A hometown powerhouse

Munciana Volleyball Club has had many successful players and coaches walk through their doors and has generated a lot of success since the club’s inception.

Amber Pietz, Jacy Bradley, DN Photo; Amber Pietz, DN Photo Illustration
Amber Pietz, Jacy Bradley, DN Photo; Amber Pietz, DN Photo Illustration

Delaware County, Indiana. A population of 114,461 people. Lesser known to a majority of the United States population. A powerhouse in AAU volleyball. 

Munciana Volleyball Club has experienced success on the travel volleyball club circuit with 38 national championships, 22 Amateur Athletic Union (AAU) Championships, 15 USA Volleyball Championships and one Junior Volleyball Association (JVA) Championship.

The success started in 1974 when Steve Shondell, son of Don Shondell — the man who started the Ball State Men’s Volleyball program — took 12 players from the then-Muncie Northside High School, now Northside Middle School, and formed the original Munciana volleyball team. In this team’s first season, they placed seventh in the national tournament at Oakland University in Michigan.

By 1982, the first national championship came from the 13-and-under (13U) boy’s team, Munciana 13. The MVP of that team for the tournament and All-American was John Shondell, brother of Steve and current assistant for another Shondell brother, Dave, at Purdue.

In a 2017 article from the JVA, JVA Club Director Dave Weitl attributed Munciana’s success to applying feedback from coaches, consistency and pacing when it comes to training at different levels. 

Munciana’s mission statement is “we are committed to teaching and training young athletes and educating coaches to teach the game of volleyball.”

By having 13U teams, Munciana is able to meet that mission statement of teaching young athletes the ins and outs of volleyball.

“Munciana has shaped my entire culture when it comes to volleyball,” third-year libero for Ball State Women’s Volleyball Kate Vinson said. “They taught me so much of the basics and just how to work hard and grind it out, and they made the transition to college volleyball so much easier.”

Vinson said one of the ways Munciana prepared her for playing at Ball State was practicing at a pace more accustomed to collegiate players.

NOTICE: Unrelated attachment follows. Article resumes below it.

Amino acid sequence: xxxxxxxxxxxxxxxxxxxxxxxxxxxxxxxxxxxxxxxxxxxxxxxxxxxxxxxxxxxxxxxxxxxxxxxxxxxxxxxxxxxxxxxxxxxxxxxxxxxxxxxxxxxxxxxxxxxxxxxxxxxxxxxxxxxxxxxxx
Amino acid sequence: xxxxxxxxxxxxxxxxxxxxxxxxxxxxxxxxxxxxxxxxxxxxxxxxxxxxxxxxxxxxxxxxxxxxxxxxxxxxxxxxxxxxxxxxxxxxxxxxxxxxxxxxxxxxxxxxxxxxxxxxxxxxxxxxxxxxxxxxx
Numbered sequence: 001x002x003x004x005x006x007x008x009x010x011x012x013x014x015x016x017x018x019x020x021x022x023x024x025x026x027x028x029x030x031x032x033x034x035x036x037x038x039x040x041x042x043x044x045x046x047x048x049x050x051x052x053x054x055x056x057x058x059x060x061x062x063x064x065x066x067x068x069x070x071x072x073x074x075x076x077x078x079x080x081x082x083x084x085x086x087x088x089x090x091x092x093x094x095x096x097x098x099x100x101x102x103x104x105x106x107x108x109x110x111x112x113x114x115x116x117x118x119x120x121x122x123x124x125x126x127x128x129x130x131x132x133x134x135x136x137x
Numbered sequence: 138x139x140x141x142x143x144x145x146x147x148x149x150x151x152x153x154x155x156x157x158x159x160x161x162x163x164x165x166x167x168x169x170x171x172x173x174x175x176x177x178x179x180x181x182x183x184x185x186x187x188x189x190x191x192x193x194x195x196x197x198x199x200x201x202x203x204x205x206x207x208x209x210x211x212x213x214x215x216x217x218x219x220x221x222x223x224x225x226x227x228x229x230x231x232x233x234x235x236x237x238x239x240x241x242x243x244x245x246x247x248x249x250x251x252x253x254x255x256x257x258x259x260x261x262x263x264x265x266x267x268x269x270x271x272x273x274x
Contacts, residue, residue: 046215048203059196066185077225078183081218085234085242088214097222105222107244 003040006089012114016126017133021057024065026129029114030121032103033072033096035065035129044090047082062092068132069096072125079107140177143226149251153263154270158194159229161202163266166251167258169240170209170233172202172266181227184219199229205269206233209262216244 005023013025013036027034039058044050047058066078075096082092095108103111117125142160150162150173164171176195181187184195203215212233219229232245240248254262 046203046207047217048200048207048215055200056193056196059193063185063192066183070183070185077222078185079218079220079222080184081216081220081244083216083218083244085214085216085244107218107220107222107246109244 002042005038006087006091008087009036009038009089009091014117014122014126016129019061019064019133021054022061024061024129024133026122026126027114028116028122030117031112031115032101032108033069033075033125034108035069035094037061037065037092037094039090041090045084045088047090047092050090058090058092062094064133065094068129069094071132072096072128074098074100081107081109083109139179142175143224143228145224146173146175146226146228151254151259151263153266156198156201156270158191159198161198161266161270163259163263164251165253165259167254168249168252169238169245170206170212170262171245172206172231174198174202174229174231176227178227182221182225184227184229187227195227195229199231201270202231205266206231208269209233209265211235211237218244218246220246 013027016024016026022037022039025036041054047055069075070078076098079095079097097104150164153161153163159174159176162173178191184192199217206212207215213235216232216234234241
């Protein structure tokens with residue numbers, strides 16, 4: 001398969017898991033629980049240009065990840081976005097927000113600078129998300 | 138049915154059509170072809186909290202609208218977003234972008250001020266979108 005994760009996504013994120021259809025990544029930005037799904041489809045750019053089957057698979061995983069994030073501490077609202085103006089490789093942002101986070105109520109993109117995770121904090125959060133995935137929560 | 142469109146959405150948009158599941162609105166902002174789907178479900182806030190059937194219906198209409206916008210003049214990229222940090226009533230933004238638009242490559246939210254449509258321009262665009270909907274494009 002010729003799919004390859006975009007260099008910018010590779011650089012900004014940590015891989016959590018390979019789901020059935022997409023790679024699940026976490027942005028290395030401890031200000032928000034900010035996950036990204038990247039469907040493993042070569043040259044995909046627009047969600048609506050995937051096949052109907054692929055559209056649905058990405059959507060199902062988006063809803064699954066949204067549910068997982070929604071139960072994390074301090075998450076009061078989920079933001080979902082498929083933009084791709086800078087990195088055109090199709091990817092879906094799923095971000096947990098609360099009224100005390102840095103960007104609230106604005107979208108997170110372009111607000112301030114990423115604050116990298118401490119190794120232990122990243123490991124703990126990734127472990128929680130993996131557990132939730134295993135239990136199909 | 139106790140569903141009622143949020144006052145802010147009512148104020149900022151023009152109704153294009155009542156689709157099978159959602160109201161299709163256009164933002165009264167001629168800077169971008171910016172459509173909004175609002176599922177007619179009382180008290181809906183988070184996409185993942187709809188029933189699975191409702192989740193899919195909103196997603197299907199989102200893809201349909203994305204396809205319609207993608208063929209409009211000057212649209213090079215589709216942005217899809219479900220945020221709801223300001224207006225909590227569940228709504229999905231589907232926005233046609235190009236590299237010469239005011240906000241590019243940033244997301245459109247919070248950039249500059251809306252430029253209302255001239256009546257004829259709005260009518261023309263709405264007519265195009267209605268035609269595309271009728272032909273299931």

The coaches at Munciana trained their players to play at the next level but also reaffirmed their players after all of the work they put in.

“The coaches did a great job making you understand you were good enough to play anywhere you wanted to,” Zoe Conway, third-year libero for Ball State Women’s Volleyball, said. “It is the culture too, it is obviously intense, but the people next to you could be going Power Five; it did not matter — there was just a lot of respect between players.”

With that respect comes bonds formed among teammates and coaches. 

“Having grown the connections with all of the coaches I have had is really special to me,” Vinson said.

Vinson and Conway both started to play for Munciana when they were 12 years old. They were on the same team every year they played for the volleyball club.

“Playing with Vinny [Vinson] was special to me,” Conway said. “She was a consistent teammate, and she grew into being one of my best friends.” 

While playing for Munciana, Conway and Vinson were able to get experience playing against some of the best players and teams in the nation during national tournaments.

“Being in nationals every year was a great experience,” Conway said. “We were always pretty successful … I’d say we did pretty good, so that was always a cool way to end out the year.”

Current head coach of the University of Kentucky Women’s Volleyball team, Craig Skinner, was born in Muncie, a former outside hitter for Men’s Volleyball at Ball State and a coach for Munciana. Skinner was also an assistant coach for the Men’s Volleyball team at Ball State from 1999-2000. 

Skinner’s tenure as a coach for Munciana started in the spring of 1990 when he was an active player for the Cardinals. 

“I was the junior varsity coach for Muncie Burris High School in my first year back at Ball State after transferring from Michigan when Dave Shondell asked me if I wanted to coach at the club,” Skinner said.

He said he remembers the excitement and joy that came with coaching at Munciana.

“You love the people you work with,” Skinner said. “You build a relationship with the families and a relationship with the Muncie community and the organization. When you represent Munciana in tournaments and matches, you feel an enormous sense of pride.”

From Skinner’s point-of-view, the coaches and consistency are what have helped turn Munciana into a powerhouse, reinforcing the beliefs of Vinson, Conway and Weitl.

“As a coach [at Munciana], you are not basing your opinion on one coach or one player or one season, but you are basing your judgment and reasoning on years and years of success and teaching,” Skinner said. “There is a reason why great organizations sustain over time, and it typically is the guiding principles, the foundation and those running the organization.”

While Munciana has a nationwide presence in the volleyball community, Skinner still believes it remains somewhat unknown to the general population.

“Muncie, Indiana, is this little blip on the radar in terms of the country and the size of the city, but it is a major blip on the radar in terms of volleyball recognition,” Skinner said.

Contact Corbin Hubert with comments at cchubert@bsu.edu or on Twitter @corbin_hubert_


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